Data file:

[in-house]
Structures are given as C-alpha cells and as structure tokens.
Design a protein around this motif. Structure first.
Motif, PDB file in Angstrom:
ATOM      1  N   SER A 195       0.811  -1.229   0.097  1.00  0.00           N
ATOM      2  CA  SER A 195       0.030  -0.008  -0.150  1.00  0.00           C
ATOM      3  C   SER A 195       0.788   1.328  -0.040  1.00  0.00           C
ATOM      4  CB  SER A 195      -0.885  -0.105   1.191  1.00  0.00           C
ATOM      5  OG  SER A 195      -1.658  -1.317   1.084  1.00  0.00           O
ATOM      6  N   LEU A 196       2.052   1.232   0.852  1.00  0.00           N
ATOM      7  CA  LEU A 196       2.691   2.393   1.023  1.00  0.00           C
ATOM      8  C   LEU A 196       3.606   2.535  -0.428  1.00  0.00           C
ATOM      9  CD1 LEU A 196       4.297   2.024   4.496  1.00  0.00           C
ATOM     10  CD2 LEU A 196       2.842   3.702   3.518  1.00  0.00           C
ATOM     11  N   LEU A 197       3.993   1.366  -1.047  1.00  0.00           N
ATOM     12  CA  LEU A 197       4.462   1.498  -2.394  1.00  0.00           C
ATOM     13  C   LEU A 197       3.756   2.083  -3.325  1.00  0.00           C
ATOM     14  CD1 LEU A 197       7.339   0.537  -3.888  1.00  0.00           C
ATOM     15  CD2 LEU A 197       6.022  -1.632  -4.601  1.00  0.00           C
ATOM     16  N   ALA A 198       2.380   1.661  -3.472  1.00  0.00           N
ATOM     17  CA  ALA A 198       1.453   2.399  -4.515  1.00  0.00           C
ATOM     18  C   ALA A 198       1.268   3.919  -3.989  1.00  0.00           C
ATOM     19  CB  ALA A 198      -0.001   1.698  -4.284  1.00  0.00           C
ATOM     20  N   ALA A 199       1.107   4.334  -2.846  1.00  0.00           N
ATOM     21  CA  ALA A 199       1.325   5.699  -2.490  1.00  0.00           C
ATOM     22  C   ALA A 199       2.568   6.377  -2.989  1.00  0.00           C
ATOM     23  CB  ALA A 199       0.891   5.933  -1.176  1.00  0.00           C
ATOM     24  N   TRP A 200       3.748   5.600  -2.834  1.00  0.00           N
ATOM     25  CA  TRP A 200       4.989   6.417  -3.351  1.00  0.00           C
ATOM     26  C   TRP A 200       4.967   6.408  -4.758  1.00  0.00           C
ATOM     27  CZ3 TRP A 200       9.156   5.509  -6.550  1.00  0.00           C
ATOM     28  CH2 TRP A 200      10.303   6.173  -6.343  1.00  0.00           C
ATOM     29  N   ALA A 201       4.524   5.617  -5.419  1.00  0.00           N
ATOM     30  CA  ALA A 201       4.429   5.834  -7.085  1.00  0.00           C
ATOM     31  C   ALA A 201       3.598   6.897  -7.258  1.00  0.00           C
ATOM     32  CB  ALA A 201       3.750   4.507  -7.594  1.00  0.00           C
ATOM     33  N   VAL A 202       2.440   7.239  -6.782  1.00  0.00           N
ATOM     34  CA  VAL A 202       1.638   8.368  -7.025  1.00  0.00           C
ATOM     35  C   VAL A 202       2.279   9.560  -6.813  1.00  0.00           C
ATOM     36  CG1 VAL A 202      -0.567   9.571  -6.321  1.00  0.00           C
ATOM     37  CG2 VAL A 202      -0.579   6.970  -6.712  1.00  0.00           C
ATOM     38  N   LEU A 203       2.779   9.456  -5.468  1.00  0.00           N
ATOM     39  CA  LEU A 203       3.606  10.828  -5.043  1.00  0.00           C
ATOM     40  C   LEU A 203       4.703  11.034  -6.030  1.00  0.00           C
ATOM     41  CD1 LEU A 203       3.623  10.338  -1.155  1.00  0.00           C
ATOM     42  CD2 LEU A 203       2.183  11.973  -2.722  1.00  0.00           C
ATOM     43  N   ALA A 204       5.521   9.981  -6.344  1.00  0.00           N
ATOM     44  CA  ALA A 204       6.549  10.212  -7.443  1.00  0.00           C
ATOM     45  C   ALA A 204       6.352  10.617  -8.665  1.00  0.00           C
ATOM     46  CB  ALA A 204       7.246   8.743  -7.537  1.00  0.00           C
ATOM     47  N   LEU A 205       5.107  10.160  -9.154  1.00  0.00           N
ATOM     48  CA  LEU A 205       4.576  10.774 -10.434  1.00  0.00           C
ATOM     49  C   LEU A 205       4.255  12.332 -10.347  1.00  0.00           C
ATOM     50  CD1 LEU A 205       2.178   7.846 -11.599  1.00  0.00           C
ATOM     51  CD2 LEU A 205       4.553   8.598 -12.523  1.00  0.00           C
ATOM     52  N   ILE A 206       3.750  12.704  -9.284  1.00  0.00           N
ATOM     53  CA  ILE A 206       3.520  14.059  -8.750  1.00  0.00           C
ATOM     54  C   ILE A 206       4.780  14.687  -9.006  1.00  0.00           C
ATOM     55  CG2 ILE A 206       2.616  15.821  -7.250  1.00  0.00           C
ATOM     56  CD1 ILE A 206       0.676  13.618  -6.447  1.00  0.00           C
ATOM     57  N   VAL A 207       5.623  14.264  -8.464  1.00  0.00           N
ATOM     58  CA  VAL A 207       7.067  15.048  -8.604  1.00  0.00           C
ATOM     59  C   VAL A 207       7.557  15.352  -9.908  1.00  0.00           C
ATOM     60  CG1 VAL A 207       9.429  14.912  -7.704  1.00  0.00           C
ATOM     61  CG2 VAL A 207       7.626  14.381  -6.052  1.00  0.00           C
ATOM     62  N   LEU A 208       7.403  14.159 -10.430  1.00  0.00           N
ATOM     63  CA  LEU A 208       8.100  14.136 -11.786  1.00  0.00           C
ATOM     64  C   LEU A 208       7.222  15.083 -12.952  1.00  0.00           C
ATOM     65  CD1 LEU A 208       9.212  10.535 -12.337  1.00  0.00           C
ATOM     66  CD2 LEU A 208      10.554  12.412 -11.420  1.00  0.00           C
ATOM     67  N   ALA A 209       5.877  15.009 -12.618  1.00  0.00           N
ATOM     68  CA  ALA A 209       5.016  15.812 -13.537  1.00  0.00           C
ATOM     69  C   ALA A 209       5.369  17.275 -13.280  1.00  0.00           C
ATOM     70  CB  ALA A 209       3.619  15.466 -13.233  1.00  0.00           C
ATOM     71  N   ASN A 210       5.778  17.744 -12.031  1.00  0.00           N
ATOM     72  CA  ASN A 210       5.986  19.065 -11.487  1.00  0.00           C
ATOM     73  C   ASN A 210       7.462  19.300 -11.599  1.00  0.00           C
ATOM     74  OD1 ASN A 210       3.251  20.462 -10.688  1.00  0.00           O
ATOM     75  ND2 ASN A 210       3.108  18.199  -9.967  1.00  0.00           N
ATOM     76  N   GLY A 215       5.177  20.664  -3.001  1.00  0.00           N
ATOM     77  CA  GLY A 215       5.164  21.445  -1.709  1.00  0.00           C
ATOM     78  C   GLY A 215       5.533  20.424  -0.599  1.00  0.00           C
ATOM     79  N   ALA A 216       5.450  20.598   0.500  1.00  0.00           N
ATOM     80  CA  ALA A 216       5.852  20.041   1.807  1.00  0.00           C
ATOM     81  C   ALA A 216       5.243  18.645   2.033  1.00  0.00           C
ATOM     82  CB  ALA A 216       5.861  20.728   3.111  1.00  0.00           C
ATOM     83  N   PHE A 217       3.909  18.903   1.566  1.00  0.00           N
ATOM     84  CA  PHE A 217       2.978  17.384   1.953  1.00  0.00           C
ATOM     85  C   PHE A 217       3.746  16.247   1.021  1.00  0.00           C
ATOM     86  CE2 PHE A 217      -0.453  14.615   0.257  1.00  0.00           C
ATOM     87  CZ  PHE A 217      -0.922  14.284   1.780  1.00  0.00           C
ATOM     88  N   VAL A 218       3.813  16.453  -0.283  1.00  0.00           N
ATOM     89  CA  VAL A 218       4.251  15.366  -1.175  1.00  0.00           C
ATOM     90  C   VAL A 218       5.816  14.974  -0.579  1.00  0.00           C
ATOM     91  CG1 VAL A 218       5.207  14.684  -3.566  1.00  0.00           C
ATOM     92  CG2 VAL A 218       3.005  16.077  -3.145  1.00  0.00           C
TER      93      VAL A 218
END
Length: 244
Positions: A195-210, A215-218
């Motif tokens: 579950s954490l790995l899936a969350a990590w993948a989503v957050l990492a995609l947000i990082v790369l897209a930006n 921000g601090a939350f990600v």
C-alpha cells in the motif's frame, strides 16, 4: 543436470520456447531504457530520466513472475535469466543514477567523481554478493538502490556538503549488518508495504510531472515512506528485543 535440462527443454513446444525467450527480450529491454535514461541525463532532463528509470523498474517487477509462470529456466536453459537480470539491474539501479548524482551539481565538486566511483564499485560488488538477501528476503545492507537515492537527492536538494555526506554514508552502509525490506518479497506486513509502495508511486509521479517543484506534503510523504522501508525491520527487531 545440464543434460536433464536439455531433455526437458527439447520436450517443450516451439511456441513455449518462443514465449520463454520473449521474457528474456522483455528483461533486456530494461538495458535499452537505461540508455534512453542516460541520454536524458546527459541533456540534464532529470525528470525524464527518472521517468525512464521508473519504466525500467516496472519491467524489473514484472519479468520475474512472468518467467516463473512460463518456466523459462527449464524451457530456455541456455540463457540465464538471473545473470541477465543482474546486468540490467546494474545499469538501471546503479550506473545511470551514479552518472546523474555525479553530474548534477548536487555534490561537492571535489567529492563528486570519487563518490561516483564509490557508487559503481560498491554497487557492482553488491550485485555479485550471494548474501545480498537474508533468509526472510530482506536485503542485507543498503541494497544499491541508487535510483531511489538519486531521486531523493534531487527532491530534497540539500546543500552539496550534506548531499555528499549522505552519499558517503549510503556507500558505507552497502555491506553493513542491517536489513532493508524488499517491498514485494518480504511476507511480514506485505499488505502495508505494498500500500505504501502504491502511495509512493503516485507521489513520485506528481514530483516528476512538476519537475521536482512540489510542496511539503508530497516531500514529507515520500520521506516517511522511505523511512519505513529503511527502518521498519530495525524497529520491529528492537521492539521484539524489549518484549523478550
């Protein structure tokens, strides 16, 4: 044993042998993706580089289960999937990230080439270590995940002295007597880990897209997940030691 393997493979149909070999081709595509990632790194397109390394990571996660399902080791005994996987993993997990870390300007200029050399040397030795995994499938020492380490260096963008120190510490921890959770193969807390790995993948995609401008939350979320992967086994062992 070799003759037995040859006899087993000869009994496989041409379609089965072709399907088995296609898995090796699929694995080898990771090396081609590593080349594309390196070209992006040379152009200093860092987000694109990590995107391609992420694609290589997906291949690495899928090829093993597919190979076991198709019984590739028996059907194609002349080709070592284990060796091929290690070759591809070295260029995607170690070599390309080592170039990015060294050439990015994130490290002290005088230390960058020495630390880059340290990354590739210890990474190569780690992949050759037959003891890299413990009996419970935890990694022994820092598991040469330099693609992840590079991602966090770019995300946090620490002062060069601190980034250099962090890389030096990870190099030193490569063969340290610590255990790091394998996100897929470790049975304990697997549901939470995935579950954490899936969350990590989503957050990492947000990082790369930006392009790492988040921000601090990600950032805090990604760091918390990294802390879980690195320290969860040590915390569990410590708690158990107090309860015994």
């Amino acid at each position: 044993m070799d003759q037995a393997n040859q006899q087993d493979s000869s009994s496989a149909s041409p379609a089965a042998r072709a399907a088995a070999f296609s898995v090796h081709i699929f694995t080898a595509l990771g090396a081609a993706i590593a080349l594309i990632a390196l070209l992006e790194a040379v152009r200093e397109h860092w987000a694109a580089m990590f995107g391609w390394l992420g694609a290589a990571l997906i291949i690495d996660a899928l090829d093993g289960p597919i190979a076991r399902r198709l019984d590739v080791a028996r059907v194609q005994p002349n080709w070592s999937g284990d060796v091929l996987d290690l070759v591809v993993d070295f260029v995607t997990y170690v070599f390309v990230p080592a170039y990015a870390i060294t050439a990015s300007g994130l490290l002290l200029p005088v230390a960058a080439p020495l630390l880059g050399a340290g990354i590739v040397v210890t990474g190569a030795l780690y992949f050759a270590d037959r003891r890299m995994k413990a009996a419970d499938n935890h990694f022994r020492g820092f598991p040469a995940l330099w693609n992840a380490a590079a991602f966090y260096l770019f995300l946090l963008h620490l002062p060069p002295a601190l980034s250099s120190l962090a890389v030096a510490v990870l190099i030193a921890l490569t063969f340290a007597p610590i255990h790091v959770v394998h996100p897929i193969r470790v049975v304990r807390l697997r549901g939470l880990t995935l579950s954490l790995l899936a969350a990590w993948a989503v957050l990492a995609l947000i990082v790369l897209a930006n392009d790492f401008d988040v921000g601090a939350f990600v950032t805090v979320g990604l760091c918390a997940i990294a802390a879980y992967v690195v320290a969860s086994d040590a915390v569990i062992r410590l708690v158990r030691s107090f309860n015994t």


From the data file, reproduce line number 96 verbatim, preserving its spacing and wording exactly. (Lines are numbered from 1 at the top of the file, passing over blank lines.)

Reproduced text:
ATOM     92  CG2 VAL A 218       3.005  16.077  -3.145  1.00  0.00           C